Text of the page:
The Library As Game: What NYPL is Doing Right
I’ve been fascinated ever since I heard about New York Public Library’s all-night geekfest, Find the Future: The Game. Ostensibly, this is an event to celebrate the library’s centennial. I think it’s also a grand and bold way to help rebrand the library and its historical holdings as relevant to today’s youth. Here are some of the major design elements of The Game and why I think they are pretty brilliant:
- Time and setting. The Game will be held overnight – players will be locked into the Schwarzman Building (you know, the one with the lions out front) and will be given access to normally closed stacks to play between 8 pm and 6 am. This combines two forbidden elements to tantalize prospective players… getting exclusive access to a normally public place and getting to stay there during a time when that public place is usually sealed off from access. Since they are aiming for a young demographic, offering the Game all night (as opposed to a Sunday evening, for example) will naturally weed out non-target participants. (There’s a reason younger people stay up late.)
- Technology. Players will be challenged to locate 100 historical items in the collection, but they are required to supply a smartphone (to read QR codes and similar) and will also be using laptops. Using technology to augment the interaction with (possibly) unfamiliar historical objects, participants will be able to bridge the gap between their personal experience and the object quickly and easily.
- Premise. The product of this game is a book. If you just asked patrons to come into the library, check out a few historical items, and write a page to contribute to a commemorative book then I think you’d end up with a pretty dry product. The Game only lasts eight hours – there is no time to overthink what will be written, and I predict that the sense of urgency among the players will be high. Sometimes these conditions combine to result in a much better written product than when you have oodles of time to deliberate. Constructing a game in order to elicit emotions to write a book will eliminate some of the players’ inhibitions – resulting in a more raw, real, and authentic product.
- Competition. Players don’t just show up, they have to enter to win a spot as one of the lucky 500. As of my writing, the chances of being picked are about 1 in 3, which builds healthy anticipation and creates a sense of exclusivity around the event. They must prove their worthiness by responding to this prompt: “Imagine what extraordinary thing you might achieve in the next ten years and complete this phrase: ‘By the year 2021, I will be the first person to…'”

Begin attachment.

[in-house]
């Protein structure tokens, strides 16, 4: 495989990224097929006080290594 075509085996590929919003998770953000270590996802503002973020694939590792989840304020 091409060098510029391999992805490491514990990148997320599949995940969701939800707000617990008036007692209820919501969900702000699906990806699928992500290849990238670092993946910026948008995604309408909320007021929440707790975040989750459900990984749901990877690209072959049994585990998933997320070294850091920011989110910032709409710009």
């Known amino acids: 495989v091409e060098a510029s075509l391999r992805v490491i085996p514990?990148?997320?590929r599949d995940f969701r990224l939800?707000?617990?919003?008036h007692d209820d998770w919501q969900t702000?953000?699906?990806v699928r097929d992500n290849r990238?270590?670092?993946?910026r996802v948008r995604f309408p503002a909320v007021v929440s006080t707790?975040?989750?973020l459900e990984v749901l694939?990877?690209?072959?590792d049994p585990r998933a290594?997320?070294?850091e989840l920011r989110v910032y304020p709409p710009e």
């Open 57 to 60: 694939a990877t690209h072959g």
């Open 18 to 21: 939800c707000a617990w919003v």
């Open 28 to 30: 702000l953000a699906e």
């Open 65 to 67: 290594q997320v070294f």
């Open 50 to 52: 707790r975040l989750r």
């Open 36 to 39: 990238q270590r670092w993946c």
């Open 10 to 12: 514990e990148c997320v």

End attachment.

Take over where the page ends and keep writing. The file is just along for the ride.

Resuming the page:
- Scope. 500 players will (presumably) be split into teams of five to interact with 100 historical objects in eight hours… if every team must locate and use each object, that means they must maintain an average of 12 objects an hour. Players will be challenged to cover a lot of physical ground – “into the underground stacks of the Library, where more than 40 miles of books are waiting to be discovered.” This quest-type atmosphere will definitely have appeal to young gamers, who will encounter challenges in way-finding and interpreting their surroundings, especially if they are unfamiliar with the behind-the-scenes settings of a major library.
- Publicity. The teaser trailer video is amazing: watch it here. A diverse cast of young players enter the library, their live shots interspersed with Ken Burns-style panning through cutaways of a vintage piece of art featuring librarians deep underground among vacuum tubes and book stacks. Then, the music picks up and the video begins to resemble a Hollywood production starring the young players. The result? I felt that by entering the competition, I would be an intrepid explorer… like a young Indiana Jones or Rick O’Connell (from The Mummy). By tapping into previously established tropes of adventure movies, the promo video gives this Game strong appeal to the target audience.
I will be eager to see the results of The Game and what sorts of things players will be inspired to write as a result of their explorations. This event provides a lot of inspiration for those of us looking to shake things up and offer different, provocative experiences to users of our collection – what sort of Game would your community play in YOUR library?
The great thing for me is how the gamification elements you describe here all work to support the overall theme – adventure, creativity, time, the search for knowledge.
Pingback: Top Ten 2.19: Leadership, Success, Facebook Shenanigans, The Shame of LA, and So Much More | Librarian by Day
Pingback: Boundless, Larkish Libraries: The NYPL’s New Apps | Words in Space